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NEA News

History Made: Educators Organize New Union During Pandemic

Amid shelter-in-place orders, California educators use virtual tools to unite their voices, build solidarity, and advocate for change.
Published: June 16, 2020

The power of solidarity is unstoppable, even in the middle of a pandemic. This was illustrated by about 100 San Jose, California, educators who organized their new union amid shelter-in-place orders.

When these teachers and counselors from four Downtown College Prep charter schools filed for recognition last month, South Bay Educators United (SBEU) became the newest local association in the California Teachers Association (CTA) — and likely the first educators’ union in the U.S. to be organized during this year’s COVID-19 pandemic.

They likely won’t be the last. As local and state unions negotiate for new, safety measures for their members, or make sure they have training to do their newly transformed jobs, educators see the power of a unified voice in their working conditions.

In San Jose, educators wanted a voice, too. “A union is a great step to fixing all the things we don’t like at Downtown College Prep (DCP) without changing its mission and what it means to our families,” says Beatriz Velez, history teacher at El Primero High School. “We want to keep doing all the great things we’ve been doing at DCP. We just want a real seat at the table.”

A Journey Into Virtual Organizing

Beatriz Velez

In late February, a small group of DCP educators began organizing to advocate for students and create positive change. Unsustainable expectations by management, a lack of support for educators, and management’s disconnect with the realities facing students and staff fueled the group’s desire to organize a union.

“My vision for SBEU is to create a sustainable environment for educators so that students not only have consistency with who they see year-to-year, but also top-tier, experienced educators who receive ongoing training and support,” says Sal Williams, an English teacher at El Primero. “Our students already have so much instability in their lives; they deserve stability at school. Our union can help create systems to aid with teacher retention that will support our students.”

In March, the group contacted CTA for support and guidance. An organizing committee began meeting weekly via videoconference. Due to California’s stay-in-place orders, the historic campaign took place without any in-person organizing, showing that the face-to-face conversations that typically power unionizing efforts don’t have to be done in person.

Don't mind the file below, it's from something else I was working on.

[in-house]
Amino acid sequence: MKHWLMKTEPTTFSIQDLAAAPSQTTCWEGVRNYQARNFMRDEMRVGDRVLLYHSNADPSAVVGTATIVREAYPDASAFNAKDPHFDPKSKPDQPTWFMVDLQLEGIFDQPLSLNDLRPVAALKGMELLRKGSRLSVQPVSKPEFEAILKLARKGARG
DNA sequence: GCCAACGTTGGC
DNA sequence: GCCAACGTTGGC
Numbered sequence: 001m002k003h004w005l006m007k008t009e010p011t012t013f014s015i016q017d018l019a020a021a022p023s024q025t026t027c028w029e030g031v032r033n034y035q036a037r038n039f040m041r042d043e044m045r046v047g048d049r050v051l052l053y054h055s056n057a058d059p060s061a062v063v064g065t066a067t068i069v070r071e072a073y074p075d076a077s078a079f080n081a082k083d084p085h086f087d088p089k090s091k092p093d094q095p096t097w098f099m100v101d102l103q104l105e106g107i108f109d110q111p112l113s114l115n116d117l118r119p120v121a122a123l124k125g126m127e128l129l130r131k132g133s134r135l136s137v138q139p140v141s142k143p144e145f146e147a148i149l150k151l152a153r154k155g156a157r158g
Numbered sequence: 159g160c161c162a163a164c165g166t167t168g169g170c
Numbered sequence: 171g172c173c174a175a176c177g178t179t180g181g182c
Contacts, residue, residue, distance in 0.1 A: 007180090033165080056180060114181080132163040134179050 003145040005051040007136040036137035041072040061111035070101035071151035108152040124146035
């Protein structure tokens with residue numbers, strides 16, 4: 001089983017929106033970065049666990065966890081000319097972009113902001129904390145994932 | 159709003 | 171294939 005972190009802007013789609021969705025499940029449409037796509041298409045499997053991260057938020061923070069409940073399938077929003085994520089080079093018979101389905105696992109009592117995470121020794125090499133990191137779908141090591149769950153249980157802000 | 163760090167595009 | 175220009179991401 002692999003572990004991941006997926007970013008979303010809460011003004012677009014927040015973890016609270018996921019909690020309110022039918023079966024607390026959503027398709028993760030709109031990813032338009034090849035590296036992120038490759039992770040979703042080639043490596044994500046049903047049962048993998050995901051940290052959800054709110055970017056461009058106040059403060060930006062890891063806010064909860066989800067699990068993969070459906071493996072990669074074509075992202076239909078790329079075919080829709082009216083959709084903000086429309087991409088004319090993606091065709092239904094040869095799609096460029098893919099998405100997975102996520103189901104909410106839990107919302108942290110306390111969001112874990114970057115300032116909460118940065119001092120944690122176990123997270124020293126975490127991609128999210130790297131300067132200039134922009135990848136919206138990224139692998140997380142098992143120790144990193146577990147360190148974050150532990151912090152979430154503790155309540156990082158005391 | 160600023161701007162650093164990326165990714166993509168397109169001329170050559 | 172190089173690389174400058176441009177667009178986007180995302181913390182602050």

In fact, the “distance organizing” had unexpected benefit, says Alum Rock Middle School educator Carolina Rodriguez. “We were able to have one-to-one conversations without the tension of being on campus,” says Rodriguez. “There was flexibility in response times for teachers to think about our petition and questions, and meetings could be held at any time that worked because commuting and location were not an issue.”

The virtual medium provided a safe space for questions and the free discussion needed to build a movement, says Velez. “I don’t think we would have been able to get a supermajority (of educators signing union cards) without the time and space to talk through things with people,” says Velez. “At the end of the day, we all want to do what’s best for our students.”

When SBEU leaders knew they had enough support to file for union recognition, a new COVID-era challenge arose: collecting physical signatures on cards, as required by a state board. The team took a strategic approach, says Velez, mapping routes to educators’ homes and taking precautions to protect everyone’s health.

“We’d call and say ‘we’ll be there in 15 minutes,’ and they’d come out and leave the signed card at a safe social distance,” Velez says. “It was like DoorDash for unions.”

What’s Next?

Sal Williams

In addition to being strong advocates for students, SBEU educators are eager to bring their perspectives as charter-school educators to their state and national unions.

Nationally, nearly 800 charter schools are unionized, mostly in Illinois, Pennsylvania, New Jersey and California.

For its part, NEA supports educators working together to improve charter schools. (The NEA policy on charter schools, approved in 2017, is here.) “All educators deserve the right to collective voice and representation, and [NEA believes] an organized workforce is a better guardian of quality standards for students and educators alike,” the policy states.

Unionizing also provides educators with a powerful voice in campaigns and elections, as well as local, state and federal policy and legislative processes. “Charter school educators need a voice in campaigns and processes that impact our school,” says Rodriguez. “The fact that so many charter schools have already chosen CTA is indicative of the support that is available for charter school teachers.”

In the coming week, SBEU will shift its attention to bargaining its first contract, advocating for students, addressing working conditions, and navigating through the pandemic-affected educational landscape.

“How can we set up next school year to be sustainable for teachers, students and parents,” Velez asks. “Our priority right now is having teacher impact on what next year is going to look like.”

This story originally appeared on California Educator

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The National Education Association (NEA), the nation's largest professional employee organization, is committed to advancing the cause of public education. NEA's 3 million members work at every level of education—from pre-school to university graduate programs. NEA has affiliate organizations in every state and in more than 14,000 communities across the United States.